Harvey Ruvin: Clerk keeps county moving ahead with environmental focus
Few have dedicated as much of their lives to local public service as Harvey Ruvin. Next year will mark his 50th as an elected Miami-Dade official and his 30th as the county’s principal recordkeeper.
Few also can claim to be as popular with the electorate, as evidenced last year when more Miami-Dade residents voted for him – nearly 759,000 people – than any other candidate on the ballot. That includes races for president, Congress and the county mayoralty.
Mr. Ruvin, who in 1972 went from being North Bay Village mayor to winning and holding a Miami-Dade Commission seat for 20 years before then becoming county clerk, defers credit for his lasting public favor to his staff.
“During this pandemic, the people in my office have been heroic,” he said. “We were the first clerk’s office to go electronic, and it positioned us to be proactive and made our records much more accessible. My employees took the extra steps, and when judging me, the first thing on the electorate’s mind is how great someone was when they needed information. Why make a change?”
As the custodian of all of the county’s records, it is vital that the county clerk’s office remains non-political. The last thing the pubic should think, he said, is that records are being manipulated or inaccurate.
“So, I try to stay away from politics,” he said. “The one exception is, I remain active on environmental and climate change issues. I just have so much of my life invested in that.”
Many of what today are considered no-brainer environmental efforts here are the result of ordinances and policies Mr. Ruvin set forth as a commissioner decades before climate change was a commonplace concern.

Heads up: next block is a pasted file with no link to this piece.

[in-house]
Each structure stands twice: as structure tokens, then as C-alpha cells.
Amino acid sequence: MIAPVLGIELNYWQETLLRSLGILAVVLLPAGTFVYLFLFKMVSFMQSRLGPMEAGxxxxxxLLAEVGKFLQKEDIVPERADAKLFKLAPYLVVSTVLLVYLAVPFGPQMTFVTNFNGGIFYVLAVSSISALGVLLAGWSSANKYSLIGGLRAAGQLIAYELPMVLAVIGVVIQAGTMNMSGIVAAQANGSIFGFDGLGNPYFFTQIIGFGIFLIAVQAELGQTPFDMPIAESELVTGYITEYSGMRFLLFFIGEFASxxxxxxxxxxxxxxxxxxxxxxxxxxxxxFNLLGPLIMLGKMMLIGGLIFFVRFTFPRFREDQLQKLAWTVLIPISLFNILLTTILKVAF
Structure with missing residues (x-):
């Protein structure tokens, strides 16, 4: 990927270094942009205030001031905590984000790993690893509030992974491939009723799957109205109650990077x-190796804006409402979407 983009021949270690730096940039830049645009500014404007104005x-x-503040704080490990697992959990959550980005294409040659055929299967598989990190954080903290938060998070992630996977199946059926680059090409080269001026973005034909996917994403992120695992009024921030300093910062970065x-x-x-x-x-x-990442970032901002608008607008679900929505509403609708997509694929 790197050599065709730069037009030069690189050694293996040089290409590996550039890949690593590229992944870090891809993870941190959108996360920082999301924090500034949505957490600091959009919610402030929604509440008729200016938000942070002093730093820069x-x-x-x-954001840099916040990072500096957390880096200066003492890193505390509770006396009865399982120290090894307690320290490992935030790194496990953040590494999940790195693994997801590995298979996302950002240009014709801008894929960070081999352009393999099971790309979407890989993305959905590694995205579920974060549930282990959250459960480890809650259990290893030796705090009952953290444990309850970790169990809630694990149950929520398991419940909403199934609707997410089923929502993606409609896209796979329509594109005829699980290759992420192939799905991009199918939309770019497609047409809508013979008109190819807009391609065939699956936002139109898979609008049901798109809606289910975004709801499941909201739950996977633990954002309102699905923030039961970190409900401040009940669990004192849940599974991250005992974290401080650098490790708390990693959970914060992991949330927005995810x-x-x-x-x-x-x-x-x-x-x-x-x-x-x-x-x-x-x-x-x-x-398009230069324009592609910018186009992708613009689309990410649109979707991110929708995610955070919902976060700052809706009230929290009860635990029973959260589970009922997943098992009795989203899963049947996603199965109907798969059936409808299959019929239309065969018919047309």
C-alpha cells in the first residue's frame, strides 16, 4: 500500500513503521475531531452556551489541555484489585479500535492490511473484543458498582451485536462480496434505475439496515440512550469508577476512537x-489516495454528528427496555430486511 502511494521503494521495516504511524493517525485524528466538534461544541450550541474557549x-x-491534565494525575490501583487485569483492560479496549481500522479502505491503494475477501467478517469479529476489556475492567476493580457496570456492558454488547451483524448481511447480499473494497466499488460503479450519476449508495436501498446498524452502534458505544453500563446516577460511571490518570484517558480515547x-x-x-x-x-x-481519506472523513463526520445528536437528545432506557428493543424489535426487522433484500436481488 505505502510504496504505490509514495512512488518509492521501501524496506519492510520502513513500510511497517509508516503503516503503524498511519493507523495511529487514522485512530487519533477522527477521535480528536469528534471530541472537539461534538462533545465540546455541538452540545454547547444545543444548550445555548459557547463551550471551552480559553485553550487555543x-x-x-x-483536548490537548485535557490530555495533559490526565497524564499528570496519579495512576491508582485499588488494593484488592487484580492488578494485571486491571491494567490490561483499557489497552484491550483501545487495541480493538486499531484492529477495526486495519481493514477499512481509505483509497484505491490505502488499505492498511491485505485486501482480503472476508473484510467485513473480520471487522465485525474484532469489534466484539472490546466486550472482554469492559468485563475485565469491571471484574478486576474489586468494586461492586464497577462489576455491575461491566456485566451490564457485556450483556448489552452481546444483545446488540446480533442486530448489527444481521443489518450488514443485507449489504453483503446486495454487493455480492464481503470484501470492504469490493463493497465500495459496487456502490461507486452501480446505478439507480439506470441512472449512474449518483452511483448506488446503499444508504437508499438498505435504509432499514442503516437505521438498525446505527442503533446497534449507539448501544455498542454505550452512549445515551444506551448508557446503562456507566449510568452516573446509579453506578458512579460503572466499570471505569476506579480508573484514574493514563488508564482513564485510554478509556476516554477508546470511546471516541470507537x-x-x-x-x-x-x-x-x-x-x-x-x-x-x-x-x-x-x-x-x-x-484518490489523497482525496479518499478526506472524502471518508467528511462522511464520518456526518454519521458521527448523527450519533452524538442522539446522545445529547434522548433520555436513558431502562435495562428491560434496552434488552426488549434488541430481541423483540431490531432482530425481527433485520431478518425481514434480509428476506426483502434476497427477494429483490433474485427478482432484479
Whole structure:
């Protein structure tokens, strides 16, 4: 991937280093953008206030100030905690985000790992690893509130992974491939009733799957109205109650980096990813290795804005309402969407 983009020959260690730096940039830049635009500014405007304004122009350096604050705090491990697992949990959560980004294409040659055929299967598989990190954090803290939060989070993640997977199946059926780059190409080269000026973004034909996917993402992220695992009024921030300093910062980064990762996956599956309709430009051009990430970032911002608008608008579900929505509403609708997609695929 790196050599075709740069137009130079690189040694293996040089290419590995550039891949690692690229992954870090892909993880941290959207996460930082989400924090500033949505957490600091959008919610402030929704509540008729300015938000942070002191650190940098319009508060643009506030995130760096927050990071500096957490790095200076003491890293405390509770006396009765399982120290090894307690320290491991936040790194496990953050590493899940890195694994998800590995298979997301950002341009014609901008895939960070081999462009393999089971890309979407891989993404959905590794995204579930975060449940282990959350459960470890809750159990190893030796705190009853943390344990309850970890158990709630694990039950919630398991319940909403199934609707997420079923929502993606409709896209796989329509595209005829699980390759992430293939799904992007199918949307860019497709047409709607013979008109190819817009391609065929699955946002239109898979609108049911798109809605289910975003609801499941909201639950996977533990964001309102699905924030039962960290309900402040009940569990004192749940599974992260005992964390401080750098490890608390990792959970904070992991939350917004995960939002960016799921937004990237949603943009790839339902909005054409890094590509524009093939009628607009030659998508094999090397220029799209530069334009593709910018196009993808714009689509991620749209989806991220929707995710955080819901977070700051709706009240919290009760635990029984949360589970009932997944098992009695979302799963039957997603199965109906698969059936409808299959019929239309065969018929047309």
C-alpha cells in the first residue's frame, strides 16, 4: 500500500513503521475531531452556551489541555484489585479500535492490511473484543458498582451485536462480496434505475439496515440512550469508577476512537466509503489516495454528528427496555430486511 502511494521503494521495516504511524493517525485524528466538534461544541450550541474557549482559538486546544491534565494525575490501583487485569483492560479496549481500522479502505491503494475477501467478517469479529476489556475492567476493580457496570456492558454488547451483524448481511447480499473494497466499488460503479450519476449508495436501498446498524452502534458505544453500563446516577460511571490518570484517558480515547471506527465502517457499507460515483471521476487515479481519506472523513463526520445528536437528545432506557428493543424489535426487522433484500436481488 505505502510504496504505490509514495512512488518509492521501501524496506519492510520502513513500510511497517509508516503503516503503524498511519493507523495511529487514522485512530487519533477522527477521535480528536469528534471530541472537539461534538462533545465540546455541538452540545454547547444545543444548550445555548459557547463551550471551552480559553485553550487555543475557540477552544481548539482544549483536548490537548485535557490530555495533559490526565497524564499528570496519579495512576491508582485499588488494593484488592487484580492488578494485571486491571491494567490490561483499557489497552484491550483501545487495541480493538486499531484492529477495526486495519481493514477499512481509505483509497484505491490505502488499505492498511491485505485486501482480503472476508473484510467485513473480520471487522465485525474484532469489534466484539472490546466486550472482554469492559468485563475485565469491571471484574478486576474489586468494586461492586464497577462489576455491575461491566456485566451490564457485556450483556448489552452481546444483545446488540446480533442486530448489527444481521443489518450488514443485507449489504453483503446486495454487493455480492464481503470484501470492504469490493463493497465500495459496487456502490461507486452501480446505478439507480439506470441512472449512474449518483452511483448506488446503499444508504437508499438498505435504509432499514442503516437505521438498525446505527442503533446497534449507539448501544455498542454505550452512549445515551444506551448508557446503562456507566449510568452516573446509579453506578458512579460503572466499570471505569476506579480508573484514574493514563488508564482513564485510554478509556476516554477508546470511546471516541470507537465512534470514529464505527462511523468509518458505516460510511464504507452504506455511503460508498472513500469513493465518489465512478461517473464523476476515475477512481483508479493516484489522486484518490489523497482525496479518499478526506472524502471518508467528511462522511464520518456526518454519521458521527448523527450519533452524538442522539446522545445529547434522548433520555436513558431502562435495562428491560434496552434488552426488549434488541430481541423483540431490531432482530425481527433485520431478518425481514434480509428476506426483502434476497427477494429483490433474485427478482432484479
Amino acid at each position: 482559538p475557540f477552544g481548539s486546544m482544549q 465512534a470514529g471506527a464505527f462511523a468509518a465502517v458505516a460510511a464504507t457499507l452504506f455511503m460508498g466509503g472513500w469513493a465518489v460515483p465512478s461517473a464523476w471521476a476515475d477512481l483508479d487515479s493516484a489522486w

Among them: Miami-Dade’s residential and commercial recycling system, efforts to curb greenhouse gases that to date have offset 40 million-plus metric tons of carbon emissions, an endangered land preservation program that at the time of its creation was the largest of its kind in the nation and, more recently, leading the county’s Sea Level Rise Task Force.
“I try to take the long view. Short-term, you’ll have deniers and people more focused on immediate things, but solutions have to be put in place long before these unimaginable impacts get here,” he said. “It reminds me of a conversation I had with [former Gov.] Rick Scott. He said, ‘We don’t have to worry about this. It’s not proven. I’m not a scientist.’ My answer to that was and to anyone who says that is, ‘Did you take ninth-grade science? Because it says when you warm water, it expands. And as the oceans expand, the water won’t go deeper. The sea rises.’ That’s the reality.”
Mr. Ruvin spoke with Miami Today reporter Jesse Scheckner.
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